It might seem illogical, but in 1988 the U.S. Environmental Protection Agency (EPA) put a loophole in the Resource Conservation and Recovery Act (RCRA) which regulates hazardous and solid waste, exempting the waste from oil and gas exploration, development and production (E &P) from oversight. While it conceded that such wastes might indeed be hazardous, it said that state regulations were adequate.
That was then, and this is now. The fracking boom has brought oil and gas operations into states and communities that never dealt with them before. Elected officials in those states are often beholden to those oil and gas interests, especially as the amount of money flowing into elections has multiplied exponentially. Basically, the fox is guarding the henhouse.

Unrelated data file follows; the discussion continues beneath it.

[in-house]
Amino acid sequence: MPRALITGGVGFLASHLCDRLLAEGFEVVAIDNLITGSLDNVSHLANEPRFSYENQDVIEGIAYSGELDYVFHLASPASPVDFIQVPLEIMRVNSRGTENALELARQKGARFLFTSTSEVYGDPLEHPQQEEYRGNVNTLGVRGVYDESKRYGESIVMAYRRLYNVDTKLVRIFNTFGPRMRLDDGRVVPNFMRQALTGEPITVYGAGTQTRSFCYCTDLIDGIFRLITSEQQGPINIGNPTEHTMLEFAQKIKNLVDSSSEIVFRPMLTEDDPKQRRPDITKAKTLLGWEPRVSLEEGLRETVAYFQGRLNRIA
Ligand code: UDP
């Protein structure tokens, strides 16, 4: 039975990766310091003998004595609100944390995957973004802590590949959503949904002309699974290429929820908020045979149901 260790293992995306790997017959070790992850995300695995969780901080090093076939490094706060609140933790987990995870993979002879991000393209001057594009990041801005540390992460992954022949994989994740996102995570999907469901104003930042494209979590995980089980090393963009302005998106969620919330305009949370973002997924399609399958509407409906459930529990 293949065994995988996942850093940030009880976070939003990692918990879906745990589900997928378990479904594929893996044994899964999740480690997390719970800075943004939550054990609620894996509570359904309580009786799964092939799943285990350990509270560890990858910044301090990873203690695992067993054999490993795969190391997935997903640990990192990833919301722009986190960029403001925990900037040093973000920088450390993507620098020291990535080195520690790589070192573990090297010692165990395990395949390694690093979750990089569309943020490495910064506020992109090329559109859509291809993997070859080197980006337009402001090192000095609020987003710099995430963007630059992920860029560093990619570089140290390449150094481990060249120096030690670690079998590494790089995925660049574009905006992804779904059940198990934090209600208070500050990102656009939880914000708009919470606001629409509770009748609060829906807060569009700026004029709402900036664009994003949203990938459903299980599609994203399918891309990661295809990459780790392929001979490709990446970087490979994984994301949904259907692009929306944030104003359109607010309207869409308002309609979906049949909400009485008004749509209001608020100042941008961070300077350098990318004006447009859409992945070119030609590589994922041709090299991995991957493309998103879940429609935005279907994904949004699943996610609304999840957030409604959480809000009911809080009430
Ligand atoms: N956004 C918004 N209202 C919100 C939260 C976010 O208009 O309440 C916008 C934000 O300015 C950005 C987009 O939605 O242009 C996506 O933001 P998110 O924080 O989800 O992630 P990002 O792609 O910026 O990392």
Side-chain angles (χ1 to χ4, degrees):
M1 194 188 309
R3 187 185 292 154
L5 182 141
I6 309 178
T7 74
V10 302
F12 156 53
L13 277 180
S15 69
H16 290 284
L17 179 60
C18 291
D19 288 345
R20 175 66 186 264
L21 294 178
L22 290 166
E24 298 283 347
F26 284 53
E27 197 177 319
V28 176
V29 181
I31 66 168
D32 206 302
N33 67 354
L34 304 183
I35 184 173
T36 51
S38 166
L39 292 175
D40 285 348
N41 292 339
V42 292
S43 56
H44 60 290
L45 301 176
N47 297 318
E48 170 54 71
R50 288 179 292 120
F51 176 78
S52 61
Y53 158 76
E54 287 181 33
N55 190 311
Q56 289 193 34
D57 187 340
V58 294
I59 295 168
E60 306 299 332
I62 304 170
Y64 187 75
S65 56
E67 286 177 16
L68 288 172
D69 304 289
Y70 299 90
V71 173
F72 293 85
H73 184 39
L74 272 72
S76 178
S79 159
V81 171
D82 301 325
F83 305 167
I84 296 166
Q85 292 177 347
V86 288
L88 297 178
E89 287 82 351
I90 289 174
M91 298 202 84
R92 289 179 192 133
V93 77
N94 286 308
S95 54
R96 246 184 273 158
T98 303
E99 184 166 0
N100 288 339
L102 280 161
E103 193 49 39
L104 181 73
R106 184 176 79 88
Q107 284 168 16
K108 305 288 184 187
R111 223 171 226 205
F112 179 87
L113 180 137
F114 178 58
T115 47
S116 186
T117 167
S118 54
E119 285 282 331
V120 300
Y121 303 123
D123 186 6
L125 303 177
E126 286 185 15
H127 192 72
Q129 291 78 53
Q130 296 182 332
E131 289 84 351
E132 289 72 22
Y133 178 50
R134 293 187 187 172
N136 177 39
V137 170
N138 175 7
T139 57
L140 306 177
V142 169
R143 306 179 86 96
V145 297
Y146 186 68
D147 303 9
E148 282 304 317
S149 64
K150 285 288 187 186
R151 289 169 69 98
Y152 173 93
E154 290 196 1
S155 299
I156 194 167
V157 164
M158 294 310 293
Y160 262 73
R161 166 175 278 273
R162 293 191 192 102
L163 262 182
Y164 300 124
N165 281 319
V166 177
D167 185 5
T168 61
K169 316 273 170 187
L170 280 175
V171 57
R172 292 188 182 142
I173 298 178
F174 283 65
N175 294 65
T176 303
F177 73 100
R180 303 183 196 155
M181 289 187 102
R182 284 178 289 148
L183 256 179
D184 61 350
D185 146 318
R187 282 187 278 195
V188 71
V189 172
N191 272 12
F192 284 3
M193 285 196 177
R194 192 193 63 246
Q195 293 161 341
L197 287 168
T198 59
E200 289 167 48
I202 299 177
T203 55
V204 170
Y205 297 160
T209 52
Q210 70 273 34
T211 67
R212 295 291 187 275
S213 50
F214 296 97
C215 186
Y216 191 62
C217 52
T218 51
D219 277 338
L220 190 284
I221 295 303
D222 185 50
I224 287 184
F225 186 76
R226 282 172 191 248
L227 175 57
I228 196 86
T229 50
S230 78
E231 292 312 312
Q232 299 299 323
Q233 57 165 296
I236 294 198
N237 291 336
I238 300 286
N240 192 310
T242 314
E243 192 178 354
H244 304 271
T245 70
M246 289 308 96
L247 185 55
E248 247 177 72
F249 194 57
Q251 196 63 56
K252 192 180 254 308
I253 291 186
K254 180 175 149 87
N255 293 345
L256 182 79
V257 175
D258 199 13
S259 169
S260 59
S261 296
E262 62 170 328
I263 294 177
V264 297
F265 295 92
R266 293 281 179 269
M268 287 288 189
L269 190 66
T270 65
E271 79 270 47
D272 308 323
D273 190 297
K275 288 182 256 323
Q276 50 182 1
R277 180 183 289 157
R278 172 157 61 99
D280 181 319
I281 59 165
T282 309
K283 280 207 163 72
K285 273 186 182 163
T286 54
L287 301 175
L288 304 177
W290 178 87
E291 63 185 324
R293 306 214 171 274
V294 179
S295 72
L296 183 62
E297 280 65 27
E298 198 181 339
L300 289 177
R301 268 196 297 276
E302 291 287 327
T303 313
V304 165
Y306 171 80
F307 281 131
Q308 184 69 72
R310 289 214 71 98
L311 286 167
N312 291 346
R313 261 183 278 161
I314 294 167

A new study, Wasting Away: Four states’ failure to manage oil and gas waste in the Marcellus and Utica Shale, conducted by Earthworks, explore just how inadequate state oversight of drilling operations is today. It specifically looks at four states that sit on top of the lucrative Marcellus and Utica shale deposits—New York, Ohio, Pennsylvania and West Virginia—to discover exactly how well they are doing in overseeing the identification and handling of the potentially hazardous waste materials left behind after the shale has been fracked.
Not very well, it found.